Portland Urban Growth Boundary Lookup Tool.

If you have questions regarding the different minimum wage rates, please contact us.

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HR Stats You Should Know

By Jenna Reed, Vice President, HR Services and General Counsel
Cascade Employers Association
[email protected]

3,500. That’s the number of audits the OFCCP plans to conduct in 2019. For comparison purposes, less than 1,000 audits were conducted in 2018.

Whether or not that number comes to fruition remains to be seen, considering the OFCCP is reducing its staff. However, now is the time to prepare just in case your company is selected for an audit.

If you have questions regarding affirmative action or would like to speak to our compliance team, please contact us.

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OFCCP Posts Corporate Scheduling Announcement List – Is Your Company On It?

By Jenna Reed, Vice President, HR Services and General Counsel
Cascade Employers Association
[email protected]

Last month we let you know that the OFCCP was going to post its Corporate Scheduling Announcement List (CSAL) only on its website. At the end of March, the list was published in the OFCCP’s FOIA Library.

As a reminder, the CSAL provides advance notice of a compliance review allowing your team time to prepare. The posting on the OFCCP’s FOIA Library website replaces individual contractor notifications. Accordingly, if you are a covered federal contractor or subcontractor now is the time to see if your company is on the list. Scheduling letters initiating audits will be sent 45 days from publication of the CSAL list.

The CSAL is now starting to include Section 503 Focused Reviews (as outlined in OFCCP’s Focused Review Directive DIR 2018-04) and compliance checks (as outlined in OFCCP’s Affirmative Action Program Verification Initiative Directive DIR 2018-07).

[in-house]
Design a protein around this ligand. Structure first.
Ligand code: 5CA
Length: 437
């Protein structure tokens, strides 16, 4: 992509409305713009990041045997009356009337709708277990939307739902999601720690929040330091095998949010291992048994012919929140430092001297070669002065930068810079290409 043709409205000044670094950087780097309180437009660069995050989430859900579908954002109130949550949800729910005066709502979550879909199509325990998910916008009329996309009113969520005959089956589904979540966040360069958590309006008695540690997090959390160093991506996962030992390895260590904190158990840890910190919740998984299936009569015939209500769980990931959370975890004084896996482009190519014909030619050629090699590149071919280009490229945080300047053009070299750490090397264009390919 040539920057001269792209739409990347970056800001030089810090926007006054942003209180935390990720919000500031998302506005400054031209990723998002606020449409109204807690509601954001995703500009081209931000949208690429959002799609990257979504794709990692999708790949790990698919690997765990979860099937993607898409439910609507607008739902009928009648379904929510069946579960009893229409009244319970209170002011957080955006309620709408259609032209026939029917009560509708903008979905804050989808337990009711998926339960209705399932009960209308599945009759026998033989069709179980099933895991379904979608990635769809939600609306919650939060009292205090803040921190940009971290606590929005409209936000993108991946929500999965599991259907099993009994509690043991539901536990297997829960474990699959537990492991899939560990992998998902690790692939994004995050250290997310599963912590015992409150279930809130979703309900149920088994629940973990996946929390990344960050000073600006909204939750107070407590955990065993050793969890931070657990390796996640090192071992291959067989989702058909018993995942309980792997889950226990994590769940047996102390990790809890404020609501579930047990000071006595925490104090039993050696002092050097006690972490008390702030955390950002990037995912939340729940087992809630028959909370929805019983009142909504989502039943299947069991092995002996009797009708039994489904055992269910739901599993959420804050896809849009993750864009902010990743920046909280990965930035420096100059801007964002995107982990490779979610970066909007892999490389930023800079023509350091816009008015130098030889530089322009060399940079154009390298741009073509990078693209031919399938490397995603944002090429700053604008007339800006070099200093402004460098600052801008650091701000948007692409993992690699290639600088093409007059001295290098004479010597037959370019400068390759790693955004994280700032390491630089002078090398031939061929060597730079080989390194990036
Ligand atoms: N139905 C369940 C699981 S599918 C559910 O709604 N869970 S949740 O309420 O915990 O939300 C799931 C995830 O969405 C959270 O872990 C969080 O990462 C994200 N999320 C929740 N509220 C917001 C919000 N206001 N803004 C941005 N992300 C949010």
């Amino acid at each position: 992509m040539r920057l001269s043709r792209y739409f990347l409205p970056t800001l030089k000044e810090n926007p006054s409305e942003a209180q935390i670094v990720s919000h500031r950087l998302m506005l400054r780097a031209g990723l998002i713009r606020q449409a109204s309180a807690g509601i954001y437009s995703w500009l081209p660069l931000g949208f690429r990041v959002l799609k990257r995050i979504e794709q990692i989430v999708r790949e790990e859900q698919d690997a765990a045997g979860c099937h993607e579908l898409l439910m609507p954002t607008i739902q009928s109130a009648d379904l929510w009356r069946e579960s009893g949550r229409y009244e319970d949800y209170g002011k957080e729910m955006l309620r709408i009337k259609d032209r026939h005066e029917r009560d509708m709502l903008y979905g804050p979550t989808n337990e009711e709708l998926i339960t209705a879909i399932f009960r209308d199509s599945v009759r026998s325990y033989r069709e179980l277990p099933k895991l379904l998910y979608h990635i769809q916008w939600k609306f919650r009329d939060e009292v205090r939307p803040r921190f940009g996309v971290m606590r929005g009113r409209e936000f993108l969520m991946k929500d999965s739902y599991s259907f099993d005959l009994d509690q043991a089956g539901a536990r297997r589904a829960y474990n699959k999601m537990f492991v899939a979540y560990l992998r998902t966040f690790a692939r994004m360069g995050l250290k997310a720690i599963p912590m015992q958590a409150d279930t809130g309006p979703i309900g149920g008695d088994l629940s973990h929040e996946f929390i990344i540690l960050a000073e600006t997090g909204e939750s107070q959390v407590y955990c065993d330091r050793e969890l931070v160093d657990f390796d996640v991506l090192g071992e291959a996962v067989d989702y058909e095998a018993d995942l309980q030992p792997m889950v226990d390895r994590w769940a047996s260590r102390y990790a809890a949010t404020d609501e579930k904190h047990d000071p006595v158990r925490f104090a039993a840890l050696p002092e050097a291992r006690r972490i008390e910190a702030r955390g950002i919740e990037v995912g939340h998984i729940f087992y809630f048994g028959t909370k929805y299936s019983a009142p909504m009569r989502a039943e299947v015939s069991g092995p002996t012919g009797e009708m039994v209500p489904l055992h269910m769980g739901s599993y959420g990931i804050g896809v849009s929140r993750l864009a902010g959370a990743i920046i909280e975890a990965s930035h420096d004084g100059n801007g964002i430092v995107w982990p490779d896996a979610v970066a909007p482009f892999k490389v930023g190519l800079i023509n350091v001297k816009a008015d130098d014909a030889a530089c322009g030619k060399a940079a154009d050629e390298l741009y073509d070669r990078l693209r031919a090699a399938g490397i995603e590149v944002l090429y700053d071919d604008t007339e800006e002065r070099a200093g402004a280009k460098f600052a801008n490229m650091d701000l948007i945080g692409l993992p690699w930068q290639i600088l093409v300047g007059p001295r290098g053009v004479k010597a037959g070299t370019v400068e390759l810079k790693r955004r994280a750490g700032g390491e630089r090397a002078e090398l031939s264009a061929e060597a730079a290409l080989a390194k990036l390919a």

If you have questions regarding affirmative action or would like to speak to our compliance team, please contact us.

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DOL Publishes Proposed Regulations to Increase Salary Threshold for FLSA Classification

By Caitlin Egeck, JD, HR and Compliance Consultant
Cascade Employers Association
[email protected]

On March 07, 2019, the Department of Labor announced a proposed update to FLSA’s salary threshold, which would ultimately increase the number of employees eligible for overtime. On March 22, the proposed regulations were published in the Federal Register.

Currently, under FLSA, employees with a salary below $455 per week ($23,660 per year) must be paid overtime for all hours worked over 40 in a workweek. Under this proposed update, the salary threshold for overtime would increase to below $679 per week ($35,308 per year).

To recap, the Fair Labor Standards Act (FLSA) sets out rules that determine when employees are exempt from the minimum wage and overtime pay requirements. To qualify as exempt, an employee’s primary job duties must fall under the executive, administrative, or professional categories set out by the FLSA and the employee must meet a specific salary threshold as identified above. The proposal would only change the salary threshold and would not change the current job duties requirements under FLSA.

It is important to note that these proposed regulations will be open for comments until May 22, 2019. If approved, the new salary threshold requirement would take effect in January 2020.

Cascade will continue to stay on top of this proposal and we will alert you on any updates. If you have any questions, please let us know!